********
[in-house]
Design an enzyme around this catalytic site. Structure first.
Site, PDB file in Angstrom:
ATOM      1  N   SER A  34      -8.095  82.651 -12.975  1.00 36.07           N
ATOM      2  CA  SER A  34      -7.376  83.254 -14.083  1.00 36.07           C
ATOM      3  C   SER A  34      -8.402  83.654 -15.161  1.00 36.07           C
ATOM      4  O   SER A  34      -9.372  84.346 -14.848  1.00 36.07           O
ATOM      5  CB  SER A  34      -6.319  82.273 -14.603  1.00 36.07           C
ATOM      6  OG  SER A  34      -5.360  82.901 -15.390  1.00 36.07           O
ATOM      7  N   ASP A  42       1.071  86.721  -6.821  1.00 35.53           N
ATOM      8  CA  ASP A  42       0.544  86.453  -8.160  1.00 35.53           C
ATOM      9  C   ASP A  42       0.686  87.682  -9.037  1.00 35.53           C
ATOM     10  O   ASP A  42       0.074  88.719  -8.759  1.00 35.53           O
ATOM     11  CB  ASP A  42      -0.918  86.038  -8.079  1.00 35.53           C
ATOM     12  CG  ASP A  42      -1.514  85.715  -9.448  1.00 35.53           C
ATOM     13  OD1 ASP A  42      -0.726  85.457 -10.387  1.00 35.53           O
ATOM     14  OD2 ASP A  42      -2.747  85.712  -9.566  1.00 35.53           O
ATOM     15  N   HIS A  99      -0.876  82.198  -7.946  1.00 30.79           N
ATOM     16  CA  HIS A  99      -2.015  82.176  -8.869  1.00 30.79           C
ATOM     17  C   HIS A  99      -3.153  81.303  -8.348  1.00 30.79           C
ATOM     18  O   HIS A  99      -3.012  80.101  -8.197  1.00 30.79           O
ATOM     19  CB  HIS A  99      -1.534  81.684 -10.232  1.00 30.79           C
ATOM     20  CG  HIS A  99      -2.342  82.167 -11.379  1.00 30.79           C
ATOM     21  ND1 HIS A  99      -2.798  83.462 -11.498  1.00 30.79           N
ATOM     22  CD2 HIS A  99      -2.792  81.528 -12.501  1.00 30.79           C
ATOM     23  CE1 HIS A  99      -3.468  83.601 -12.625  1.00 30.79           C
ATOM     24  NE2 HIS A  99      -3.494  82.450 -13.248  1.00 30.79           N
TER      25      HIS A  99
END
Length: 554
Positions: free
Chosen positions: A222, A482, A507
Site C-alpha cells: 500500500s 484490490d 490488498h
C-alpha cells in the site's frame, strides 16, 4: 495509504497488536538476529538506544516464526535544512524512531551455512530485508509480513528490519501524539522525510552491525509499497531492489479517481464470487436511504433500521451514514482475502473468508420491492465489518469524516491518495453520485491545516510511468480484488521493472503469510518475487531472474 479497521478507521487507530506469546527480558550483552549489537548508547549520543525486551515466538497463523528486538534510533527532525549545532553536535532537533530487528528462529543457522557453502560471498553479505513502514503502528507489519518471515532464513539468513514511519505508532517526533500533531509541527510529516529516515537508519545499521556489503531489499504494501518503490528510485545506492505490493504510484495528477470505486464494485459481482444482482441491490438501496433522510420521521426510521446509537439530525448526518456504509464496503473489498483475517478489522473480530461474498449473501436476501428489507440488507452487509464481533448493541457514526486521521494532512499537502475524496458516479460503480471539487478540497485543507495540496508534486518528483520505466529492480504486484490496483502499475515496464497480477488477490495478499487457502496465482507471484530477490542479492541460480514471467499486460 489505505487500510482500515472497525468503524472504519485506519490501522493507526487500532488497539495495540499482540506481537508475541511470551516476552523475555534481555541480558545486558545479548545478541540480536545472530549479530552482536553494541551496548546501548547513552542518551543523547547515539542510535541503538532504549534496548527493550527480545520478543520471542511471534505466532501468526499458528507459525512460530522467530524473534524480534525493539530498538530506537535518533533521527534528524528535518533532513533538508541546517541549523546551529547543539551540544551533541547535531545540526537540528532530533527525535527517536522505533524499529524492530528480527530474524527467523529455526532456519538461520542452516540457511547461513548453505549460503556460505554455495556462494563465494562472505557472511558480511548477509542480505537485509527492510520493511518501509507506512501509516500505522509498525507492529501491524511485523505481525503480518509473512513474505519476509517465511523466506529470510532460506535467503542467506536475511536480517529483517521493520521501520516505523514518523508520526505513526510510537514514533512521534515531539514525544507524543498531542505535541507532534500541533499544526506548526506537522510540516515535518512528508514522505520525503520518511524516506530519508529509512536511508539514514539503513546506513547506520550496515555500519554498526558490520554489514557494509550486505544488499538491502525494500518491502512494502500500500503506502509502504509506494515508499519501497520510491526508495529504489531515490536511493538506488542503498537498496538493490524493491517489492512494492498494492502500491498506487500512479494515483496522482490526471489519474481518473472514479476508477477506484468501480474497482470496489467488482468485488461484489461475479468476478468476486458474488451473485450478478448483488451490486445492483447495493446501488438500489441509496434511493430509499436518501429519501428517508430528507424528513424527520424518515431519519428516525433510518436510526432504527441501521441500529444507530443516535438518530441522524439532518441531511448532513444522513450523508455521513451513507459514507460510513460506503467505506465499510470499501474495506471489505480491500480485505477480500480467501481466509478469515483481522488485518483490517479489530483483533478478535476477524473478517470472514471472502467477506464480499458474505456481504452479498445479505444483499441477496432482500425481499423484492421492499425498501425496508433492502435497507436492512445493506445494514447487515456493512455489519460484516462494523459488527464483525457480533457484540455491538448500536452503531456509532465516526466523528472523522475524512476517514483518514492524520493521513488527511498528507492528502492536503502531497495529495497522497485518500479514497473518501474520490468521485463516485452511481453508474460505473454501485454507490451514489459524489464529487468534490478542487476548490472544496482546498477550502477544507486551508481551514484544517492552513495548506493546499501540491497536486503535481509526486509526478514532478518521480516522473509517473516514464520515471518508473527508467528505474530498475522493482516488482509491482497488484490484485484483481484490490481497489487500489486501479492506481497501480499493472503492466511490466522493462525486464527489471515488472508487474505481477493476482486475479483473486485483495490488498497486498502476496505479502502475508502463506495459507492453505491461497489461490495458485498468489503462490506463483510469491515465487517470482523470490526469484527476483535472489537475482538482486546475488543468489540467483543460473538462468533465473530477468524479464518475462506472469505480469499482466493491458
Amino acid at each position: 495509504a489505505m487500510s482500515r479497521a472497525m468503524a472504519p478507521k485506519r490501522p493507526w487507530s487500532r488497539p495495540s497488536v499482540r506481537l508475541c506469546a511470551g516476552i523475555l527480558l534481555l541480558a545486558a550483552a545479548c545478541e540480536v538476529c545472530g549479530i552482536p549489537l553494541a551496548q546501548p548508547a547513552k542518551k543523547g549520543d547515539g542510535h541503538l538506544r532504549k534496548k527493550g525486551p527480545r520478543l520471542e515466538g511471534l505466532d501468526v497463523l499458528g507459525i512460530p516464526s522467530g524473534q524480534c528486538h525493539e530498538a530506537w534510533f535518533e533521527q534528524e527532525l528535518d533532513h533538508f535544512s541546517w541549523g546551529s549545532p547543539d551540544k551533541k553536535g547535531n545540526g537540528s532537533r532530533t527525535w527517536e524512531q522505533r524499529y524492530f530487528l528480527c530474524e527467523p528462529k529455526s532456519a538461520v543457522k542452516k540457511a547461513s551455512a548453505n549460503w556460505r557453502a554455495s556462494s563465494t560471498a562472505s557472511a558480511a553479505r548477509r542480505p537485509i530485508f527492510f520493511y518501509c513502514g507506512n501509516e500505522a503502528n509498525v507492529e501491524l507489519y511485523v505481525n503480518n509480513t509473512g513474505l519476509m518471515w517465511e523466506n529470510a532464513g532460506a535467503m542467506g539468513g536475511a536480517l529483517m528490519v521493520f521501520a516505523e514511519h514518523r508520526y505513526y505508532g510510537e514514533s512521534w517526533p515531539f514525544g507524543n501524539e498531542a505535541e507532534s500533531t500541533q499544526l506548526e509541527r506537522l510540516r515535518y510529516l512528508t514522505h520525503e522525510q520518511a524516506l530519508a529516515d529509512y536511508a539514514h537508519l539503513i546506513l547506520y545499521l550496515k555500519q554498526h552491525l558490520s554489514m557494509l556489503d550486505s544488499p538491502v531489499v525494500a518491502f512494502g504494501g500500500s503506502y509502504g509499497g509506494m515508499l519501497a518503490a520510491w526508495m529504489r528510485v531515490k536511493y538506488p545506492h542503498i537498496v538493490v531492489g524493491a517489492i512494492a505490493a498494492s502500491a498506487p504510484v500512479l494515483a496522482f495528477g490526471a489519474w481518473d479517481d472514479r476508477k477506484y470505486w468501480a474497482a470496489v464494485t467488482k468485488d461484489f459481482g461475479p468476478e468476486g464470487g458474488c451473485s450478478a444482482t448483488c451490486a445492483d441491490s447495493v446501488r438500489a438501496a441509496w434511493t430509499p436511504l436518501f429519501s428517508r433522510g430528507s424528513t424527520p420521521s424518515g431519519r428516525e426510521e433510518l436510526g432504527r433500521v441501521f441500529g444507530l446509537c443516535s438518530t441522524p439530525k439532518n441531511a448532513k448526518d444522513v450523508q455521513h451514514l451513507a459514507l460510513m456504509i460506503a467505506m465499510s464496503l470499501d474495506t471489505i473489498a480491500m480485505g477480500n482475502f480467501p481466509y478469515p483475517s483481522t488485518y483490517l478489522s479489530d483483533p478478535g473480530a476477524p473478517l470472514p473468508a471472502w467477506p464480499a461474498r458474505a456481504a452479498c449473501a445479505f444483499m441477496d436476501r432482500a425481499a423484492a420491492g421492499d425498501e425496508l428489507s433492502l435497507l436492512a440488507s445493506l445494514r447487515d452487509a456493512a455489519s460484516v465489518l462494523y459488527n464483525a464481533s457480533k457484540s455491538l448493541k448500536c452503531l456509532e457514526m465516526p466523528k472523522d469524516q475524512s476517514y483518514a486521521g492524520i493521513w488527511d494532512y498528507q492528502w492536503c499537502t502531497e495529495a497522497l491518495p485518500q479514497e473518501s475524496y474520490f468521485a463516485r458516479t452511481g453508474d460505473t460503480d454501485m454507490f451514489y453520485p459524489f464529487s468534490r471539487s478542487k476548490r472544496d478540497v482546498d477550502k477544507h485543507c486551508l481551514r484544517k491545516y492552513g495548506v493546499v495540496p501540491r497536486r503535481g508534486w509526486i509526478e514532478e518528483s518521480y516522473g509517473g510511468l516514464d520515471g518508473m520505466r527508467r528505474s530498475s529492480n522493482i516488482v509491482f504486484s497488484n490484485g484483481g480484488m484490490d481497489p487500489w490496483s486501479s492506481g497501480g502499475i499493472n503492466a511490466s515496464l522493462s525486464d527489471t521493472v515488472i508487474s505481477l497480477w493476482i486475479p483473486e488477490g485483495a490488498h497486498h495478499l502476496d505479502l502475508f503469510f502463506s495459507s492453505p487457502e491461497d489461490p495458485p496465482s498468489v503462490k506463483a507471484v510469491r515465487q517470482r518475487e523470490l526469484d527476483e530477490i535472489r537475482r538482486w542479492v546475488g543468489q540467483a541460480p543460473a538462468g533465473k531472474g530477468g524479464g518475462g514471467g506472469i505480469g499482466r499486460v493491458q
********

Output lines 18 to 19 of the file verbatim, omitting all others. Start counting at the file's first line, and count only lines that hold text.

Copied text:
ATOM     15  N   HIS A  99      -0.876  82.198  -7.946  1.00 30.79           N
ATOM     16  CA  HIS A  99      -2.015  82.176  -8.869  1.00 30.79           C